The nurses came up to me saying how they hate that the doctors do not understand and treat us woman like we are lying about the pains thinking they are just period pains and nothing more. They explained Ryans Rule, this is where you get someone higher up to look at your case and reassess. Even with this the doctors told me it wasn't the hospital but it is just how the public system works.

At this point I was a mess, thinking no one was going to help me, my fertility was resting in the hands of people who didn't care. I was going to be shoved at the back of the line because they do not think this is important. I went on a rampage that day and sent an email to channel 7, channel 9 and courier mail explaining what my situation was and how crap the public system was. Courier mail got back to me and were interested in sharing my story. I explained everything to them and how the hospitals, doctors and sometimes nurses have all let me down.

My story was posted alongside other women's stories on September 19. I have had a call from the Gold Coast University Hospital Liaison officer who are wanting to now help as courier mail had gotten in touch with them. I will apparently get my first appointment within 42 days and will hopefully have surgery before the end of the year. With every new update I receive I will be writing about it.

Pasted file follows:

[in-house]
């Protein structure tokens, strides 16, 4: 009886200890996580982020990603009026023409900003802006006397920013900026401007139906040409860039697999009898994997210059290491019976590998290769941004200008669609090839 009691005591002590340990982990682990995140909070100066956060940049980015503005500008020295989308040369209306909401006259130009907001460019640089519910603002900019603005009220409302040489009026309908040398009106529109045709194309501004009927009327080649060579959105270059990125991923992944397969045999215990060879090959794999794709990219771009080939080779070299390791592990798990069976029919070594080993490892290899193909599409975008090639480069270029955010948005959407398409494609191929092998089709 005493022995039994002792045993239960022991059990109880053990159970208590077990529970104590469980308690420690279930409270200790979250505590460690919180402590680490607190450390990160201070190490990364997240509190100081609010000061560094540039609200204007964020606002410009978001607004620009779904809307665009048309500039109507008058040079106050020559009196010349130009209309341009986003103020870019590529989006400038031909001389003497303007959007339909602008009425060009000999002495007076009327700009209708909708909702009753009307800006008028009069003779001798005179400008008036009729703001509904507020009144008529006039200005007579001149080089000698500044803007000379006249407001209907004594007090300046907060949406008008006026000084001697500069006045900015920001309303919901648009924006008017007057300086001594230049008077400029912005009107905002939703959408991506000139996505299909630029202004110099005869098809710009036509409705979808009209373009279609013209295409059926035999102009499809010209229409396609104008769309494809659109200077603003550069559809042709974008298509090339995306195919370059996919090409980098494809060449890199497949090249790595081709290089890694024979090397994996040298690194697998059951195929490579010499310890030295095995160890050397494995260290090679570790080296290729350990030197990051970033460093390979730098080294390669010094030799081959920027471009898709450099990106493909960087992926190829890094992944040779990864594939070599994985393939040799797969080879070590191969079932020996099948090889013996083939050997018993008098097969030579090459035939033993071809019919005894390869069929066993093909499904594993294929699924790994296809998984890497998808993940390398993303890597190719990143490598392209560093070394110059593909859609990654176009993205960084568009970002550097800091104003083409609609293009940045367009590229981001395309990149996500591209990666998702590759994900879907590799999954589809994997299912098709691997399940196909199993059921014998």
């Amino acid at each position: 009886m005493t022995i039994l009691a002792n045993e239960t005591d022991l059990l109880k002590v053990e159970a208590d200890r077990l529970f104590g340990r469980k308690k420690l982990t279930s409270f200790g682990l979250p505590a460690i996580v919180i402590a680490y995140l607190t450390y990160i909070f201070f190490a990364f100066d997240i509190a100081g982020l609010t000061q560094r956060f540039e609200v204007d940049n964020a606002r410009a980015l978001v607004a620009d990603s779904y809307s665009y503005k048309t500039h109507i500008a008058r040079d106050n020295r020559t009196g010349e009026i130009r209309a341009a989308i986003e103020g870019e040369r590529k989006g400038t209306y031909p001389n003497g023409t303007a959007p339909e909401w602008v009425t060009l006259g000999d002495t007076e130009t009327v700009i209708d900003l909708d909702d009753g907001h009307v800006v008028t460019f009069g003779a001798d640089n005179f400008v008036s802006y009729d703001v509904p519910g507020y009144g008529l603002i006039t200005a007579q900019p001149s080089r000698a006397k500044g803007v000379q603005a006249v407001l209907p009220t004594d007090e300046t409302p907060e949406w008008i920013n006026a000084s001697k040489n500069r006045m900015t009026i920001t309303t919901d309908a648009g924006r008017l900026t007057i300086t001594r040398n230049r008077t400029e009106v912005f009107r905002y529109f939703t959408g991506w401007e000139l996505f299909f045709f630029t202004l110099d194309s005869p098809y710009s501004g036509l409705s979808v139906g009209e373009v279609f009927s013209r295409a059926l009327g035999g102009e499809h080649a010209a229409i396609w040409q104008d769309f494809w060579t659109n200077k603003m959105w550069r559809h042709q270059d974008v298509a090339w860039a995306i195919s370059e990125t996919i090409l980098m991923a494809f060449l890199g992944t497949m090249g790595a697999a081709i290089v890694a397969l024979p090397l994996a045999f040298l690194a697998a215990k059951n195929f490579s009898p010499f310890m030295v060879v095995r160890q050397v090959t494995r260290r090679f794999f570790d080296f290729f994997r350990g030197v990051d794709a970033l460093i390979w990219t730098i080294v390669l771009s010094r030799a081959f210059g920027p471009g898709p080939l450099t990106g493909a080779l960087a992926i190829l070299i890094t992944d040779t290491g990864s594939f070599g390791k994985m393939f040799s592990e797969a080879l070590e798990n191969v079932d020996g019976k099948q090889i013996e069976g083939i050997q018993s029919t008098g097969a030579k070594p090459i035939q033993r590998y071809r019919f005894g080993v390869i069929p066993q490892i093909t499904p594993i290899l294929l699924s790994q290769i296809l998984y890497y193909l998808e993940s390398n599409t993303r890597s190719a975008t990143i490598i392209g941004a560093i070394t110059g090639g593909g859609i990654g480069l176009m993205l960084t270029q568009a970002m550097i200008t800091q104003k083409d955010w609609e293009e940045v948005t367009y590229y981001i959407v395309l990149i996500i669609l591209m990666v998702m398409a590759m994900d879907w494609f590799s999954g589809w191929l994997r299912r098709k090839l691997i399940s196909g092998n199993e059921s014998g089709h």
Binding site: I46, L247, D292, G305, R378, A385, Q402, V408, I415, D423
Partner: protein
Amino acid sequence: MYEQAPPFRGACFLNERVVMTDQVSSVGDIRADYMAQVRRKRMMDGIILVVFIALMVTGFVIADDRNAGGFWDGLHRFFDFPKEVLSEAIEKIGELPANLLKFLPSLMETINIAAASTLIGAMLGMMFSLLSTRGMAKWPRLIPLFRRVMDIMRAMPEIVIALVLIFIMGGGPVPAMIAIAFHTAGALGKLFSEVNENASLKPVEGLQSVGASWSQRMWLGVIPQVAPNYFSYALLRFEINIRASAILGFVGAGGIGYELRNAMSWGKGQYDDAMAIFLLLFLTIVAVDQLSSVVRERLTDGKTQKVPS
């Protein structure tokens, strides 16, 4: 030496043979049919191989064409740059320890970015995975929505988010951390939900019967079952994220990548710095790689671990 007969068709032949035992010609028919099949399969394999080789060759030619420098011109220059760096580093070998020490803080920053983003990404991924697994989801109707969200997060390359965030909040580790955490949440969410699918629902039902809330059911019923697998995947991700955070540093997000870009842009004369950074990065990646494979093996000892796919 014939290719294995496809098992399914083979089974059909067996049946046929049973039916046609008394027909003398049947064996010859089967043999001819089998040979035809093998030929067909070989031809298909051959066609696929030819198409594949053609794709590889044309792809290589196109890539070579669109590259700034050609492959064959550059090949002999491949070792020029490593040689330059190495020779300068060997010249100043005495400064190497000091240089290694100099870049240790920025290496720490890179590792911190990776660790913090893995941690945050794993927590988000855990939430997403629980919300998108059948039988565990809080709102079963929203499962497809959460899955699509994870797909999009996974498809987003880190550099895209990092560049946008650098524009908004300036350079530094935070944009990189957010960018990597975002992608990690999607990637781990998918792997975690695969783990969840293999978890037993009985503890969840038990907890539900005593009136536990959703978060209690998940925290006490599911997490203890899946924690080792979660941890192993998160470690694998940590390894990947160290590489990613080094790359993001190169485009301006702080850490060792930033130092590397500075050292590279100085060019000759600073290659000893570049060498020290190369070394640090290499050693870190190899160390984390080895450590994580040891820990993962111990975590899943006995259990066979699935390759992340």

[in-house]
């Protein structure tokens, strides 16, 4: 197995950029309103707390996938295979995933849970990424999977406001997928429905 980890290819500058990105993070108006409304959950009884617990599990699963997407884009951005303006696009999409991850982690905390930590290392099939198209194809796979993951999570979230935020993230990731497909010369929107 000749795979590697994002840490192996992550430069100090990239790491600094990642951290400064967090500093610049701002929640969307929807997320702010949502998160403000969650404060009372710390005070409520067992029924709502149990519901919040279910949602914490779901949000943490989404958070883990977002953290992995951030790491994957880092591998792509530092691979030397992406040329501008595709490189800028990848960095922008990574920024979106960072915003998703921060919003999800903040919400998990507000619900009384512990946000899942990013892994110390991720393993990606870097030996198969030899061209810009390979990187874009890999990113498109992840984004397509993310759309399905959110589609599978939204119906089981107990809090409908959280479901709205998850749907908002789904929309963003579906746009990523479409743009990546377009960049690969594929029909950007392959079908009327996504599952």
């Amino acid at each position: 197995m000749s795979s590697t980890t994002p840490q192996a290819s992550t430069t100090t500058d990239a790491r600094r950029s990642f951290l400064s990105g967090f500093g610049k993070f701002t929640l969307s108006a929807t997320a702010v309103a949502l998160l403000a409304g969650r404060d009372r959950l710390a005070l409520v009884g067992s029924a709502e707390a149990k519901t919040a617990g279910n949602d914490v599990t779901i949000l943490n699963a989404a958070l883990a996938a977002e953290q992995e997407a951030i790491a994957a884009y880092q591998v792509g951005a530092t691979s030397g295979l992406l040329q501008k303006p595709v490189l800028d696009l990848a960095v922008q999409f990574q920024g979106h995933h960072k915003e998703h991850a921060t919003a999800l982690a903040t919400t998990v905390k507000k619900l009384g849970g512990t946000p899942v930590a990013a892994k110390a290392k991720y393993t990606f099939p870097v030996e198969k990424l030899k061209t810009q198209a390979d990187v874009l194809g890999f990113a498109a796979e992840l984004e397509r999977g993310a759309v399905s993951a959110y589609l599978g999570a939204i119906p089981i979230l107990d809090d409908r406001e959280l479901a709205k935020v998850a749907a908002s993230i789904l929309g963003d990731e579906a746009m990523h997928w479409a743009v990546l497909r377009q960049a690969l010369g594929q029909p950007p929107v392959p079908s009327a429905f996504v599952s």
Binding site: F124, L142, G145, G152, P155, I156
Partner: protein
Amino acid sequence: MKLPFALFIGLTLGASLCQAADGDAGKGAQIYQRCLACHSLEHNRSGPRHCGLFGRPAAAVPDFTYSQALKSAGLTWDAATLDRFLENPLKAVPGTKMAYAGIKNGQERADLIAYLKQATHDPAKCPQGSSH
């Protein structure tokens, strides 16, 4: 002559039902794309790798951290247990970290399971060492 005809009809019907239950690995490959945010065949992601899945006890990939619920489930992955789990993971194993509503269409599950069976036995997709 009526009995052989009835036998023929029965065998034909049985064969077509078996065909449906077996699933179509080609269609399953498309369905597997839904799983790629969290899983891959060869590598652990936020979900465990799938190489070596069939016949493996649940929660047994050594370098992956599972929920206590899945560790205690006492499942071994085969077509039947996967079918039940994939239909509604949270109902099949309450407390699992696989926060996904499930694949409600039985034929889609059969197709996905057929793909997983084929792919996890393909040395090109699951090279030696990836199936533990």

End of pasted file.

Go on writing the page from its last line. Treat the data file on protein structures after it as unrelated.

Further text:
For now though it is just a waiting game. I still have to live my life and push thorough the pain as much as I can. As I write this I have had another day off work because of pain, I don't even have my red river at the moment but my ovaries are killing me with shooting pains down my leg and back. Every day is different, everyday I am fighting something else whether it be my mental health, my endo pain or just stressed about other things happening in my personal life.

Endometriosis is not as recognised around the world as it should be. Women are being sent home after experiencing horrendous pain and feeling like no matter what they do nothing will get sorted. Women are losing jobs and relationships because people do not understand. Some women are ending their life because they don't want to fight anymore and don't want to be looked at like they lie or just want the pain medication. I am sick of being turned away and I have heard so many other women being turned away or laughed at or even abused by hospital staff because they thought the woman was being an attention seeker. It is ridiculous, I would love for more awareness and a cure if possible in the future!

I hope this helps other woman to share their story, try to get the public system to take women more seriously.

You can follow more of Steph's journey here: